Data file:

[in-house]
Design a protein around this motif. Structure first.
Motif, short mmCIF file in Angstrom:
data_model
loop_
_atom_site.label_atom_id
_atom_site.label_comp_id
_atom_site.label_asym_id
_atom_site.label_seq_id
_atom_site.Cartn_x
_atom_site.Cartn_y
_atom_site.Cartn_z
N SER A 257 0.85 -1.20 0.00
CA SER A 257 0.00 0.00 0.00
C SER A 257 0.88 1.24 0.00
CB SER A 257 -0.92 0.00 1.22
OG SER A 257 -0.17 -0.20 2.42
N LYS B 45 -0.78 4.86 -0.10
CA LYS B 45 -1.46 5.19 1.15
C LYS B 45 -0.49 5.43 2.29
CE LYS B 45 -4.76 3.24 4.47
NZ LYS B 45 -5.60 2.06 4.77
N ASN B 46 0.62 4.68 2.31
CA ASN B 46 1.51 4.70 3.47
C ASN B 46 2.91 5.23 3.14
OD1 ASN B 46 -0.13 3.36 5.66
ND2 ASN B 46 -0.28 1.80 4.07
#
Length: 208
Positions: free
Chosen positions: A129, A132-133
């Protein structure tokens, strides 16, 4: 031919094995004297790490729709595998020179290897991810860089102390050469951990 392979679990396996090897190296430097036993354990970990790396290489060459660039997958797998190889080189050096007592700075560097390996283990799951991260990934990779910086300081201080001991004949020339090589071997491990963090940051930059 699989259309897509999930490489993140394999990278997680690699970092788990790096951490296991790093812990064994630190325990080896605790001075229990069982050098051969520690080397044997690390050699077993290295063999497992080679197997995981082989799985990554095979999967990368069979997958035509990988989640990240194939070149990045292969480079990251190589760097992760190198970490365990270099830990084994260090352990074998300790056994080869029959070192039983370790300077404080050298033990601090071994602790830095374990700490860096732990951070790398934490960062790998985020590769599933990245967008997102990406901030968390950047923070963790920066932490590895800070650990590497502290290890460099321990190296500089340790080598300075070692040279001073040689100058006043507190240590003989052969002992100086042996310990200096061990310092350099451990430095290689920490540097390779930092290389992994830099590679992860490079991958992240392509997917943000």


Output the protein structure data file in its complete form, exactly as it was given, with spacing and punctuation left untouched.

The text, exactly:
[in-house]
Design a protein around this motif. Structure first.
Motif, short mmCIF file in Angstrom:
data_model
loop_
_atom_site.label_atom_id
_atom_site.label_comp_id
_atom_site.label_asym_id
_atom_site.label_seq_id
_atom_site.Cartn_x
_atom_site.Cartn_y
_atom_site.Cartn_z
N SER A 257 0.85 -1.20 0.00
CA SER A 257 0.00 0.00 0.00
C SER A 257 0.88 1.24 0.00
CB SER A 257 -0.92 0.00 1.22
OG SER A 257 -0.17 -0.20 2.42
N LYS B 45 -0.78 4.86 -0.10
CA LYS B 45 -1.46 5.19 1.15
C LYS B 45 -0.49 5.43 2.29
CE LYS B 45 -4.76 3.24 4.47
NZ LYS B 45 -5.60 2.06 4.77
N ASN B 46 0.62 4.68 2.31
CA ASN B 46 1.51 4.70 3.47
C ASN B 46 2.91 5.23 3.14
OD1 ASN B 46 -0.13 3.36 5.66
ND2 ASN B 46 -0.28 1.80 4.07
#
Length: 208
Positions: free
Chosen positions: A129, A132-133
């Protein structure tokens, strides 16, 4: 031919094995004297790490729709595998020179290897991810860089102390050469951990 392979679990396996090897190296430097036993354990970990790396290489060459660039997958797998190889080189050096007592700075560097390996283990799951991260990934990779910086300081201080001991004949020339090589071997491990963090940051930059 699989259309897509999930490489993140394999990278997680690699970092788990790096951490296991790093812990064994630190325990080896605790001075229990069982050098051969520690080397044997690390050699077993290295063999497992080679197997995981082989799985990554095979999967990368069979997958035509990988989640990240194939070149990045292969480079990251190589760097992760190198970490365990270099830990084994260090352990074998300790056994080869029959070192039983370790300077404080050298033990601090071994602790830095374990700490860096732990951070790398934490960062790998985020590769599933990245967008997102990406901030968390950047923070963790920066932490590895800070650990590497502290290890460099321990190296500089340790080598300075070692040279001073040689100058006043507190240590003989052969002992100086042996310990200096061990310092350099451990430095290689920490540097390779930092290389992994830099590679992860490079991958992240392509997917943000």